Pubdate: Tue, 11 May 2010
Source: North Platte Telegraph, The (NE)
Copyright: 2010 North Platte Telegraph
Author: Paul Hammel
Bookmark: (Cannabis - Medicinal - U.S.)


LINCOLN - The seeds of a discussion about legalizing marijuana for 
medical purposes have been planted in Nebraska.

Three members of the State Board of Pharmacy plan to quiz their 
colleagues about the controversial topic at the May 22-25 annual 
meeting of the National Boards of Pharmacy in Anaheim, Calif.

Board Chairman Rick Zarek, a Gothenburg, Neb., pharmacist, said the 
Nebraskans hope to learn more about "the pros and cons" of 
legalization and any problems that have arisen in the 14 states that 
now allow pot to be used for pain relief, appetite enhancement and 
other medical purposes.

"It's probably an issue we're going to have to address in the 
future," said Zarek, who said he has no personal opinion on the subject.

State officials declared the issue of legalizing marijuana for 
medical purposes dead in the water in March, even after the state 
pharmacy board in neighboring Iowa voted unanimously to recommend 
that it be permitted in the Hawkeye State.

But in April, members of a group called Nebraska H.E.M.P. (Helping 
End Marijuana Prohibition) attended a meeting of the Nebraska Board 
of Pharmacy. They plan to return for the board's July meeting.

A Nebraska H.E.M.P. spokeswoman said the group plans an education 
program in hopes of launching an initiative-petition drive in 2012 to 
get the medical marijuana issue on the state ballot.

"It is one of the safest plants on Earth to use," said Diana Wulf, of 
Staplehurst, the spokeswoman.

Wulf said the group considered a petition drive this year but decided 
Nebraskans were "uneducated" about the medicinal and industrial uses of hemp.

Pharmacy officials in Montana and Chicago urged caution, however.

"Don't do it, is my simplest advice," said Ronald Klein, executive 
director of the Montana Board of Pharmacy.

Montana has seen an explosion in applications to use medicinal 
marijuana and an explosion in commercial growers since the Obama 
administration announced last year that federal officials would no 
longer prosecute medical pot cases.

The number of patients in Montana has more than doubled this year, to 
more than 15,000, according to the state's Department of Public 
Health and Human Services.

"Caregivers," who can grow up to six marijuana plants at a patient's 
request, now number more than 5,000, spawning a commercial growing industry.

The fire-bombings of two businesses in Billings, Mont., made national 
news this week. Both times, the term "Not in Our Town" was 
spray-painted on the buildings. The Billings City Council was 
scheduled to vote Monday night on an ordinance to place a moratorium 
on new commerical growers.

Several Montana communities are looking at new controls, as is the 
Montana Legislature, which is weighing a proposal to have the board 
of pharmacy regulate the industry, legalized by 62 percent of Montana 
voters in 2004.

"They are not going to repeal the law," said Klein, a native of David 
City, Neb., and a licensed pharmacist. He worked 19 years as an 
inspector for the Nebraska Board of Pharmacy.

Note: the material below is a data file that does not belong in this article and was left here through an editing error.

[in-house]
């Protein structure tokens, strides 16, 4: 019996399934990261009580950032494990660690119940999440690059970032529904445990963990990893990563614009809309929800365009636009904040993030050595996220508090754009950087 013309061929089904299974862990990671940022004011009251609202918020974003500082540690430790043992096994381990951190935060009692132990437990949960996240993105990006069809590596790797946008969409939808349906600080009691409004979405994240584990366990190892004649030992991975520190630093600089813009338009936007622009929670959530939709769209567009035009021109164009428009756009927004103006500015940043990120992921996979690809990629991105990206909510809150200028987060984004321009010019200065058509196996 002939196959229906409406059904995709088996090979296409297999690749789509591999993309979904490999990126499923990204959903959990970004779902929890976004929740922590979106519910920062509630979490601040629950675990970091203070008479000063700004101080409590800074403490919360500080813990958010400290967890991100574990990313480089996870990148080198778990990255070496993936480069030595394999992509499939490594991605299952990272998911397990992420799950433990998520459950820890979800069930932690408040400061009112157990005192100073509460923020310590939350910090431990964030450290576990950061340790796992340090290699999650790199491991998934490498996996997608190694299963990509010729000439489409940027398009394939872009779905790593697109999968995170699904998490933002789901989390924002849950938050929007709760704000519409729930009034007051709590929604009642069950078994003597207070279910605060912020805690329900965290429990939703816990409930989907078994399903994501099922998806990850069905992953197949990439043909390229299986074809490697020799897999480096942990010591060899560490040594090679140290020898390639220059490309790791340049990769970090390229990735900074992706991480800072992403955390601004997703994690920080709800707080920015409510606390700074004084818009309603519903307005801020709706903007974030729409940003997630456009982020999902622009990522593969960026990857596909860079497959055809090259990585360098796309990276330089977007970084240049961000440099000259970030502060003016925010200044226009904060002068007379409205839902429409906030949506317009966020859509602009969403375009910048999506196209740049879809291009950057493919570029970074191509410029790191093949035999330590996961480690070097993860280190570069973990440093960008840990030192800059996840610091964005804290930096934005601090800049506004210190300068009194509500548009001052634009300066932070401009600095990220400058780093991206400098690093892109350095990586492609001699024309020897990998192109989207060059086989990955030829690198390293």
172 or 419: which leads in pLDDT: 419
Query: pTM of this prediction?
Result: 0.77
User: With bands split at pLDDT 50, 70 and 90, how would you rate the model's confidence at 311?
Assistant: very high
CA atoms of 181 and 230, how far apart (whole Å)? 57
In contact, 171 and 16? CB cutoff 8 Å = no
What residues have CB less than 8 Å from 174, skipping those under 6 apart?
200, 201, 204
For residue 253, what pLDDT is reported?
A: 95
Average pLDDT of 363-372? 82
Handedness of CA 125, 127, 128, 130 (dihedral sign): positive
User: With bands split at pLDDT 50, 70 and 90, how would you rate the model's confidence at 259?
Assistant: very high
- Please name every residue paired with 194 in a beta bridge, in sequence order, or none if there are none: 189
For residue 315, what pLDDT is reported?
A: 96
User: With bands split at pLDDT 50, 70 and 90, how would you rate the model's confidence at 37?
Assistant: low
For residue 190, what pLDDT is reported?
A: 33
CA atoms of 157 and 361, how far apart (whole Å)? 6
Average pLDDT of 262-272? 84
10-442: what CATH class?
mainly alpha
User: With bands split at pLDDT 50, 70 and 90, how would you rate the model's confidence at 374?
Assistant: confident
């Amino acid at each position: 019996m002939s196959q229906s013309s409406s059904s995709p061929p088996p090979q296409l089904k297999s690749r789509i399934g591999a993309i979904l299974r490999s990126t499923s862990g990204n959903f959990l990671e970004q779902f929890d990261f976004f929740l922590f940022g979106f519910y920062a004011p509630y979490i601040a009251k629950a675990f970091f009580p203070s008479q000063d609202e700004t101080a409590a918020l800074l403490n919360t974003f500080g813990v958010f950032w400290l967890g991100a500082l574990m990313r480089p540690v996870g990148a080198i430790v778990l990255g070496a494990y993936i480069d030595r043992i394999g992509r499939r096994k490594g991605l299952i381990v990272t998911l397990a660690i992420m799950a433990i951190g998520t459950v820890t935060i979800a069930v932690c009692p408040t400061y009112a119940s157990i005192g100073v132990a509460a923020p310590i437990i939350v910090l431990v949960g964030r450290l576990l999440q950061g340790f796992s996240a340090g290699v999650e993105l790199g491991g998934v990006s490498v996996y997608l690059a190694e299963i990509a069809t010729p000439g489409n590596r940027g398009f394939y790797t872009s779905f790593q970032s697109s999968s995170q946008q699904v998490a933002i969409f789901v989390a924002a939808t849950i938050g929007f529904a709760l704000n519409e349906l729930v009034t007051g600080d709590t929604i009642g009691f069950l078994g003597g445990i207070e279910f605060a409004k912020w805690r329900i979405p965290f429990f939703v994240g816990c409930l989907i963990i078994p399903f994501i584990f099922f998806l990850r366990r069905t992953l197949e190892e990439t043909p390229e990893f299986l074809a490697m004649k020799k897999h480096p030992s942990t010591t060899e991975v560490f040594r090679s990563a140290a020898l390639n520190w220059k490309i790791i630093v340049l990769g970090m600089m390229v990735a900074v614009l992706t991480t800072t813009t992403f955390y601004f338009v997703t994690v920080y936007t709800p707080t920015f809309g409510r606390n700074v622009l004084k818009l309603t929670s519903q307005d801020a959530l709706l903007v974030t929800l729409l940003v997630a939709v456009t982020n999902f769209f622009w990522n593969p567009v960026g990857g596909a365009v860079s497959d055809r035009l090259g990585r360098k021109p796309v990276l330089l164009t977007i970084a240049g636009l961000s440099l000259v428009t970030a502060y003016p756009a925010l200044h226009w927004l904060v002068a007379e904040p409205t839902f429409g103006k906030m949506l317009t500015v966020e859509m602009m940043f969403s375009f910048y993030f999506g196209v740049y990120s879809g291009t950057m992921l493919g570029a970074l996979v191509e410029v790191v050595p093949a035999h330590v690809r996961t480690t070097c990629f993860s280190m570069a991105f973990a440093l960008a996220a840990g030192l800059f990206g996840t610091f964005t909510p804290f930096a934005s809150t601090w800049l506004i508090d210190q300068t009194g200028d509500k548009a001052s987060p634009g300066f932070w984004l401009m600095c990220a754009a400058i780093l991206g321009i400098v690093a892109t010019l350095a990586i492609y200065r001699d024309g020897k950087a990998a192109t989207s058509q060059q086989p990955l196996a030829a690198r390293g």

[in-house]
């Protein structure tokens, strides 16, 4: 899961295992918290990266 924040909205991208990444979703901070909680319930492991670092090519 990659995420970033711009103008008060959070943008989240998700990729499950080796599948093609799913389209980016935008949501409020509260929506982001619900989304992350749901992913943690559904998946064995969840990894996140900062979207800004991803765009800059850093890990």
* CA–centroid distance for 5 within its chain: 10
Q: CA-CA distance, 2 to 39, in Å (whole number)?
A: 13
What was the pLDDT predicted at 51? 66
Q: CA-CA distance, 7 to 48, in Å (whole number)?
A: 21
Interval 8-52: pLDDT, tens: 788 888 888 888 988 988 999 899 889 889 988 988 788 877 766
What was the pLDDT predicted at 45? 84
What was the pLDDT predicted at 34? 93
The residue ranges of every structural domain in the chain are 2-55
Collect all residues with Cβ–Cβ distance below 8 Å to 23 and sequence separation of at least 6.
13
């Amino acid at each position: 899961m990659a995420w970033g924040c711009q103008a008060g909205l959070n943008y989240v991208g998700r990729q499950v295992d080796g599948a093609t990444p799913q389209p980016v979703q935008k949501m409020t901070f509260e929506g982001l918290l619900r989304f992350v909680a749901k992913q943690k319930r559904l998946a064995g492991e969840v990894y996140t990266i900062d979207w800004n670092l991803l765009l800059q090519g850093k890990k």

"In this case, Nebraska would be better off to simply wait and let 
other states figure out the problems," he said.

Some doctors, Klein said, now fly into Montana and rent out meeting 
rooms in motels. After a quick examination of a crowd of attendees, 
they issue permission to obtain marijuana.

The Montana board plans to sue a grow operation, "Cannabis Farmacy," 
over misuse of the term pharmacy.

"If, indeed, it helped people with chronic cancer in their last days, 
I wouldn't worry about that," Klein said. "But it's morphed into 
something else."

Still, Carmen Catizone, executive director of the Chicago-based 
National Association of Boards of Pharmacy, said medical marijuana is 
among the top issues facing his members, not only because proposals 
have been made in most states to legalize it, but also because there 
is so much disagreement about its medical usefulness.

The national pharmacy group held a two-day symposium in December 
about medical marijuana. No Nebraska board members attended.

But Catizone said the issue surely will be raised again at the annual 
meeting next week, particularly in light of what's happened in places 
like Colorado - which has more marijuana outlets than Starbucks 
outlets - and in Iowa.

"You kind of expect the Californias and Oregons . . . but when it 
hits the heartland like Iowa, that's when it caught people's 
attention," he said. "To get legs in Iowa was a big deal."

The Iowa Legislature would still have to vote to legalize medicinal 
marijuana. State Sen. Mike Gronstal of Council Bluffs, the Senate 
majority leader, has said only a narrowly crafted law would likely be 
considered there.

In Nebraska, Gov. Dave Heineman has said repeatedly that he opposes 
such legalization.

The State Legislature has never seen the introduction of a bill to do 
so, although several years ago legislators considered permitting the 
growing of hemp for industrial purposes.

But advocates like Wulf are undaunted. She said that groups of 125 
and 75, respectively, attended pro-pot rallies recently in Omaha and 
Lincoln and that an industrial hemp rally is scheduled next week on 
the Pine Ridge Indian Reservation, across the border in South Dakota.

"Our intention is by the first of next year to educate Nebraska," she 
said. "Marijuana is more than just getting high."

The three pharmacy board members in Nebraska are attending the 
Anaheim annual meeting at a cost of $5,269, which is financed by 
licensing fees paid by pharmacists.

Zarek, the board chairman, said that because of state budget 
problems, the board has tried to limit itself to one such meeting a year. 
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MAP posted-by: Richard Lake